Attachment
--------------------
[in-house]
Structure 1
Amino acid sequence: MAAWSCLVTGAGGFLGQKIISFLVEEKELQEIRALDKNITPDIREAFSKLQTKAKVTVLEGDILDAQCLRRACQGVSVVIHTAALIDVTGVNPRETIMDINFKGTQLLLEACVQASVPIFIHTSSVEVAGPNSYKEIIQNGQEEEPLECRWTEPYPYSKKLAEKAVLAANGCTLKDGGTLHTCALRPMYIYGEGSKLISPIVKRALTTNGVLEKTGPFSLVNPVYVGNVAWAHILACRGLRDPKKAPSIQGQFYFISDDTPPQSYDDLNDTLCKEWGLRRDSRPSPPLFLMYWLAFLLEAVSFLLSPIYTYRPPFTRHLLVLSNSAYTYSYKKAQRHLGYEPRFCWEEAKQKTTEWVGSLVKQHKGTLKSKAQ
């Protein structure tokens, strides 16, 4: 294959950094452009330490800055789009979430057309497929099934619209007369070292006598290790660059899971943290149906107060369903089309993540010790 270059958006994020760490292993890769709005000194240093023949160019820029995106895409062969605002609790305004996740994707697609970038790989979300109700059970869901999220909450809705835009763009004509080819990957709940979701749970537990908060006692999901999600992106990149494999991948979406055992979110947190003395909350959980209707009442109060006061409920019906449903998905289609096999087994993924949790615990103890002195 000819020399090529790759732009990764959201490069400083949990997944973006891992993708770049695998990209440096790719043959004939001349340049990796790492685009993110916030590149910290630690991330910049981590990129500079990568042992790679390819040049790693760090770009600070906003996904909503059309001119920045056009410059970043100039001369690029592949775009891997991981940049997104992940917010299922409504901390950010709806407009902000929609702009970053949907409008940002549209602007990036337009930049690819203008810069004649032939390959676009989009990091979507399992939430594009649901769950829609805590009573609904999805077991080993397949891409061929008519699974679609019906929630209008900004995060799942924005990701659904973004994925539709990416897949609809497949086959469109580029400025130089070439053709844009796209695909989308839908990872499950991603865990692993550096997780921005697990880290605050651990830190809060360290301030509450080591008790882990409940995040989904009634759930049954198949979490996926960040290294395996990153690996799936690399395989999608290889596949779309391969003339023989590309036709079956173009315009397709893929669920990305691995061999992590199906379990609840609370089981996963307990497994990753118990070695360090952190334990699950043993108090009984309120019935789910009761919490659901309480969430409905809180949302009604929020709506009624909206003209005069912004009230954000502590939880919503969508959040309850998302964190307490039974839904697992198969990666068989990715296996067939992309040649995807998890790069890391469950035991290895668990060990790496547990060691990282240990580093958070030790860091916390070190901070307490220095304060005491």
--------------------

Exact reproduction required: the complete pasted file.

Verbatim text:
[in-house]
Structure 1
Amino acid sequence: MAAWSCLVTGAGGFLGQKIISFLVEEKELQEIRALDKNITPDIREAFSKLQTKAKVTVLEGDILDAQCLRRACQGVSVVIHTAALIDVTGVNPRETIMDINFKGTQLLLEACVQASVPIFIHTSSVEVAGPNSYKEIIQNGQEEEPLECRWTEPYPYSKKLAEKAVLAANGCTLKDGGTLHTCALRPMYIYGEGSKLISPIVKRALTTNGVLEKTGPFSLVNPVYVGNVAWAHILACRGLRDPKKAPSIQGQFYFISDDTPPQSYDDLNDTLCKEWGLRRDSRPSPPLFLMYWLAFLLEAVSFLLSPIYTYRPPFTRHLLVLSNSAYTYSYKKAQRHLGYEPRFCWEEAKQKTTEWVGSLVKQHKGTLKSKAQ
């Protein structure tokens, strides 16, 4: 294959950094452009330490800055789009979430057309497929099934619209007369070292006598290790660059899971943290149906107060369903089309993540010790 270059958006994020760490292993890769709005000194240093023949160019820029995106895409062969605002609790305004996740994707697609970038790989979300109700059970869901999220909450809705835009763009004509080819990957709940979701749970537990908060006692999901999600992106990149494999991948979406055992979110947190003395909350959980209707009442109060006061409920019906449903998905289609096999087994993924949790615990103890002195 000819020399090529790759732009990764959201490069400083949990997944973006891992993708770049695998990209440096790719043959004939001349340049990796790492685009993110916030590149910290630690991330910049981590990129500079990568042992790679390819040049790693760090770009600070906003996904909503059309001119920045056009410059970043100039001369690029592949775009891997991981940049997104992940917010299922409504901390950010709806407009902000929609702009970053949907409008940002549209602007990036337009930049690819203008810069004649032939390959676009989009990091979507399992939430594009649901769950829609805590009573609904999805077991080993397949891409061929008519699974679609019906929630209008900004995060799942924005990701659904973004994925539709990416897949609809497949086959469109580029400025130089070439053709844009796209695909989308839908990872499950991603865990692993550096997780921005697990880290605050651990830190809060360290301030509450080591008790882990409940995040989904009634759930049954198949979490996926960040290294395996990153690996799936690399395989999608290889596949779309391969003339023989590309036709079956173009315009397709893929669920990305691995061999992590199906379990609840609370089981996963307990497994990753118990070695360090952190334990699950043993108090009984309120019935789910009761919490659901309480969430409905809180949302009604929020709506009624909206003209005069912004009230954000502590939880919503969508959040309850998302964190307490039974839904697992198969990666068989990715296996067939992309040649995807998890790069890391469950035991290895668990060990790496547990060691990282240990580093958070030790860091916390070190901070307490220095304060005491």